Exploiting the gap between human and machine abilities in handwriting recognition for Web security applications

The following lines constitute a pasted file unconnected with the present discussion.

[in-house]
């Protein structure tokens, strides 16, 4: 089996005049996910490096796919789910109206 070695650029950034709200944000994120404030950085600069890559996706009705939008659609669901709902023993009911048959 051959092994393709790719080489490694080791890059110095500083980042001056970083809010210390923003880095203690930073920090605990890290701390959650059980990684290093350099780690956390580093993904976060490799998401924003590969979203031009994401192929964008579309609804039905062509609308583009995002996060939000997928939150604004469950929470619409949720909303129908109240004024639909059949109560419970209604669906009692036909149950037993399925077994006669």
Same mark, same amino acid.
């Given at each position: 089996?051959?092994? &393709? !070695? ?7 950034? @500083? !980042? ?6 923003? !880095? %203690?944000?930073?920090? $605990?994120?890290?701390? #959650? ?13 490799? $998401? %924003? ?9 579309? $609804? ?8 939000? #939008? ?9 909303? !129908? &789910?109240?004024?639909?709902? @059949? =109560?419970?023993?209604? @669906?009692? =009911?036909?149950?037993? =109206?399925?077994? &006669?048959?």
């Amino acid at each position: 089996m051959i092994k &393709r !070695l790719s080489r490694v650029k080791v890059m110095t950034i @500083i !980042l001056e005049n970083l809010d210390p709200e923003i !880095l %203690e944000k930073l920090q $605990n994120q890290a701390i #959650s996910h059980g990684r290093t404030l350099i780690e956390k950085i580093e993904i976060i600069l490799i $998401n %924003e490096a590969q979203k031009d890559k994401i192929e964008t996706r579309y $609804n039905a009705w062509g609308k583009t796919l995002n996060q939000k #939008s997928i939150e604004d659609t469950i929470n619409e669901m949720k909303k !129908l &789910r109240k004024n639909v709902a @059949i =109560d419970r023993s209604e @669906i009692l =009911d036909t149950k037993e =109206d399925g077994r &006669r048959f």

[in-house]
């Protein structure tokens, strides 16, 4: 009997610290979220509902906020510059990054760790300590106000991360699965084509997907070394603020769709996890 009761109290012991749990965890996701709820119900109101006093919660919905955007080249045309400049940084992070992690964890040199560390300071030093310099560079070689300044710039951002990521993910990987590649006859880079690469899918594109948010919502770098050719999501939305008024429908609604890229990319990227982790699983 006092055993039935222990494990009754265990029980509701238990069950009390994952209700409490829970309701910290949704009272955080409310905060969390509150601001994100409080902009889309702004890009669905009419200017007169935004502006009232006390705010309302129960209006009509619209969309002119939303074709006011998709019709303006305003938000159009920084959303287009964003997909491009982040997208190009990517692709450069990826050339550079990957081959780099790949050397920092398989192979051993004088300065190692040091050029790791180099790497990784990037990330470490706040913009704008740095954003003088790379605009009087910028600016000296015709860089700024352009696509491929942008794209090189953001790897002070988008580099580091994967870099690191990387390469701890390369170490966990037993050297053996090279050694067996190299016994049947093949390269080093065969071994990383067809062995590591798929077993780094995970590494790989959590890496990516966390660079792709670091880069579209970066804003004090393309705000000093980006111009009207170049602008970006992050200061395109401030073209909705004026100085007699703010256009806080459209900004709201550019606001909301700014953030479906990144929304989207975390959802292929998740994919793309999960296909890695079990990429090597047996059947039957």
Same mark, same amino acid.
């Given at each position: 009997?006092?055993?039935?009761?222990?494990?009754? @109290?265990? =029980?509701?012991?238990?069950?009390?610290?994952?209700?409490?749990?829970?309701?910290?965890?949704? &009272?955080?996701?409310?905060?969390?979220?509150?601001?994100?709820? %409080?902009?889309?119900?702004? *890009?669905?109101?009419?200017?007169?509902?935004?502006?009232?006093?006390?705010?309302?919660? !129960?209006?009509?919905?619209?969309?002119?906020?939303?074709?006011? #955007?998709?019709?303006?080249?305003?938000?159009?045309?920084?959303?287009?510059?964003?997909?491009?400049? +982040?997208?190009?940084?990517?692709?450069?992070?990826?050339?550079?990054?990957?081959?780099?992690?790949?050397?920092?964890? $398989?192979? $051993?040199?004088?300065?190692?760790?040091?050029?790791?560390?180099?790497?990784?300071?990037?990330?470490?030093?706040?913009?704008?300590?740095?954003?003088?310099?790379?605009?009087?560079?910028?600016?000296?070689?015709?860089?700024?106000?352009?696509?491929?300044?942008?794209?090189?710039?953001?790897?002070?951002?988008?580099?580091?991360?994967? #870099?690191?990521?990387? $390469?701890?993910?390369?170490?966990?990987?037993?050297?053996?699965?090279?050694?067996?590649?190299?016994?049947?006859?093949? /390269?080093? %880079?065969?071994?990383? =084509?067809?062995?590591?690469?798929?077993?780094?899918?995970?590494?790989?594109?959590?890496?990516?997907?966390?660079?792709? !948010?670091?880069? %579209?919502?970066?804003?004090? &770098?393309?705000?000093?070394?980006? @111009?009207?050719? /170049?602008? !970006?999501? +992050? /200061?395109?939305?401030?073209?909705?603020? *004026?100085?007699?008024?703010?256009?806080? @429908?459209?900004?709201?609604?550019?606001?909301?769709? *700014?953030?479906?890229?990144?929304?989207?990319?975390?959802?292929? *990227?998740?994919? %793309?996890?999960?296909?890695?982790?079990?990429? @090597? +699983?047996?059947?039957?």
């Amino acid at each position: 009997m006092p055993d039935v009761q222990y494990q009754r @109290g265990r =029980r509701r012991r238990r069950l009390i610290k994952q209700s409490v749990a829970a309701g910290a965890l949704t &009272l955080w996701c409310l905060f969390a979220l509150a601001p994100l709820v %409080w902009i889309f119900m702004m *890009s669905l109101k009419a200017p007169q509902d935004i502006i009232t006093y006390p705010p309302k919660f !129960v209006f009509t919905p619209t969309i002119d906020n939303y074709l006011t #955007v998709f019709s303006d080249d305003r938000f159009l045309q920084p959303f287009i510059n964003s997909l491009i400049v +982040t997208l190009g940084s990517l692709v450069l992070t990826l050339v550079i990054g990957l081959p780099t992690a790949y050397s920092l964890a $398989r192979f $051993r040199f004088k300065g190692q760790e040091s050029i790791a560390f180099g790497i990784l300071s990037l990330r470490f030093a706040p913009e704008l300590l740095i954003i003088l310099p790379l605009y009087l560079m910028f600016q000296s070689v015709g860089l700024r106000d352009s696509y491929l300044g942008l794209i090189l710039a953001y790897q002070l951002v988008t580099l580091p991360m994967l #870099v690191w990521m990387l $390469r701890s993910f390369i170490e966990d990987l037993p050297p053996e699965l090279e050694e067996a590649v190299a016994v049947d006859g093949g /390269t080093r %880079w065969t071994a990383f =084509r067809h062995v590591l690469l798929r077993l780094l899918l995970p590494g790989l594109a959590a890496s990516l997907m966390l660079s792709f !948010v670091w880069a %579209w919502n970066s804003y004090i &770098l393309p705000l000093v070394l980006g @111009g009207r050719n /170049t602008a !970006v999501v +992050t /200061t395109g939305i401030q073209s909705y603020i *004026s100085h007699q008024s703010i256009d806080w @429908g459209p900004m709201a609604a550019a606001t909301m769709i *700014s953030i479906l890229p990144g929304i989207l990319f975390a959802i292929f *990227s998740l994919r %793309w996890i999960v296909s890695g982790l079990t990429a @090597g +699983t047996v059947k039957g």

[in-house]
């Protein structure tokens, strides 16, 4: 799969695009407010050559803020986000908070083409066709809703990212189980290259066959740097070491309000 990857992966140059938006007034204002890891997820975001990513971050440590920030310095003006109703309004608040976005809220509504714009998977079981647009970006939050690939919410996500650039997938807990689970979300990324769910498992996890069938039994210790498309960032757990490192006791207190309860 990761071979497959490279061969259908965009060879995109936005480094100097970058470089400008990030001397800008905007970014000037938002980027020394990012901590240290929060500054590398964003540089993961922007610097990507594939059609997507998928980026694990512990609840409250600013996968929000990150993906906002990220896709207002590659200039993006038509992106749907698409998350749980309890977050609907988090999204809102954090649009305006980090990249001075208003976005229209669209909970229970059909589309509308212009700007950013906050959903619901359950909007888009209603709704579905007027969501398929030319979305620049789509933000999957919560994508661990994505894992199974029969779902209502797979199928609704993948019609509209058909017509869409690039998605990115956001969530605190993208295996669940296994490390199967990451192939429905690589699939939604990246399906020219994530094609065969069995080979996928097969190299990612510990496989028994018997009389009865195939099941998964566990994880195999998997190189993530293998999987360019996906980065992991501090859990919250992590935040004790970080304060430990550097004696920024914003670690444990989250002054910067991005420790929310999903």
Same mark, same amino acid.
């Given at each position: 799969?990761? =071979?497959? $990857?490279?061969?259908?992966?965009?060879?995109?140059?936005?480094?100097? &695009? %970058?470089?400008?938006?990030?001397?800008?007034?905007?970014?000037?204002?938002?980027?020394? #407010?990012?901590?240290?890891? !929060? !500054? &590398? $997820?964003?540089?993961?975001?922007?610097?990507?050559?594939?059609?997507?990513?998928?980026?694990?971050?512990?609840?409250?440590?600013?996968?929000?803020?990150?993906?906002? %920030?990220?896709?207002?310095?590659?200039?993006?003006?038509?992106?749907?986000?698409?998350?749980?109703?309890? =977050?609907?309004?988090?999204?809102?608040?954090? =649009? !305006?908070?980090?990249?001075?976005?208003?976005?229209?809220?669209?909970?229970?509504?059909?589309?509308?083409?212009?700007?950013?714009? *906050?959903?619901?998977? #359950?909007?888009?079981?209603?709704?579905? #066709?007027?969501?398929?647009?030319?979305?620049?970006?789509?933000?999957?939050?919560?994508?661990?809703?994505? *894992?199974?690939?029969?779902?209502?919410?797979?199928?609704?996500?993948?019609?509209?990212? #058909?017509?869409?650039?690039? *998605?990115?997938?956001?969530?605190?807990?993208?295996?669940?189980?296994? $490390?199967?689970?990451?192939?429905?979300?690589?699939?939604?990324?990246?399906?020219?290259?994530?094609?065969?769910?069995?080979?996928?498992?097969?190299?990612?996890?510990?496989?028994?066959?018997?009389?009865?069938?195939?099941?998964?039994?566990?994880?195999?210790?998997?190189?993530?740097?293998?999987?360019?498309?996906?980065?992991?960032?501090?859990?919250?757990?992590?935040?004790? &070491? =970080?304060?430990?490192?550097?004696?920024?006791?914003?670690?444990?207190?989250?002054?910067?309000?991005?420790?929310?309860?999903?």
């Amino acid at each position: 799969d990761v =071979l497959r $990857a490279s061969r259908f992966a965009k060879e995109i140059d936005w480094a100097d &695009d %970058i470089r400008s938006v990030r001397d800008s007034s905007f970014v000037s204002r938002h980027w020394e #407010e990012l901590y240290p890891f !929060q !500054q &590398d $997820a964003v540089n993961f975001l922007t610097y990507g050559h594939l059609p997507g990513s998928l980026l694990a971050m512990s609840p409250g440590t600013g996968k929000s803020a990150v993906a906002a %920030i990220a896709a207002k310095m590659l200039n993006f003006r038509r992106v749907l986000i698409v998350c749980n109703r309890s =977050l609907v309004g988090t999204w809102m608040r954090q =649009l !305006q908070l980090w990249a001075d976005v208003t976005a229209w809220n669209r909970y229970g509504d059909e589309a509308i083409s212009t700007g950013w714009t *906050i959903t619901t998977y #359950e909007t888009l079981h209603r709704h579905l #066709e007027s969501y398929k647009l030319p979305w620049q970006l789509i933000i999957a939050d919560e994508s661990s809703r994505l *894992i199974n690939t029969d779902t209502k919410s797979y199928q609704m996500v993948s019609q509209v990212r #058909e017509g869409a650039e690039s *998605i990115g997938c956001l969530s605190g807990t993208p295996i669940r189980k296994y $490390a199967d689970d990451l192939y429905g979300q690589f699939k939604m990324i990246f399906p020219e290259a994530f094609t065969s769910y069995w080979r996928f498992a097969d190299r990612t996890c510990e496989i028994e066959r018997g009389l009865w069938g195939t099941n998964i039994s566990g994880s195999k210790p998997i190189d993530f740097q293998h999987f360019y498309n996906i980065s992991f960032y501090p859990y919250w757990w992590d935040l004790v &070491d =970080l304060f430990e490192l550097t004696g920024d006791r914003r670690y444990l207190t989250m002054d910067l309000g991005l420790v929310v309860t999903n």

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Automated recognition of unconstrained handwriting continues to be a challenging research task. In contrast to the traditional role of handwriting recognition in applications such as postal automation, bank check reading etc, in this thesis we have explored the use of handwriting recognition for Web security. HIPs ( Human Interactive Proofs ) are automatic reverse Turing tests designed so that virtually all humans can pass the test but state-of-the-art computer programs will fail. HIPs based on machine printed text are now commonly used to defend against bot attacks. We have investigated a new methodology to design efficient HIPs that exploits the gap between the abilities of humans and computers in reading handwritten text images. There are three specific research problems that we have addressed: (1) the design of an algorithm to automatically generate random and infinitely many distinct handwritten HIPs, (2) a method for quantifying the strengths of human reading abilities and the weaknesses of state-of-the-art handwriting recognizers, and (3) identification of the parameters (slant, stroke width, character gaps, etc) which can be controlled so that the HIPs are human readable but not machine readable. We have used a large repository of handwritten word images that current handwriting recognizers cannot read, even when provided with a lexicon. We have simulated handwriting for generating synthetic word images by using a tracing program that follow the contours of real scanned characters and represents them with third order splines, which are then manipulated to generate the variations in writing styles. The idea is to design HIPs that exploit the knowledge of the common source of errors in automated handwriting recognition systems and at the same time take advantage of the salient aspects of human reading. For example, humans can tolerate intermittent breaks in strokes (using the Gestalt law of continuity) but current programs fail when the breaks vary in size or exceed certain thresholds. The simultaneous interplay of several Gestalt laws of perception adds to the challenge of finding the range of parameters that separate human and machine abilities. We have conducted extensive experiments using simulated handwritten word images as well as real images transformed by a suite of controlled parameters which reaffirm the superiority of humans in reading handwritten text, especially under conditions of low image quality, clutter and occlusion. We have also demonstrated empirically that handwritten HIPs are more efficient than those currently used and are a viable option for challenge-response protocols in Web security applications.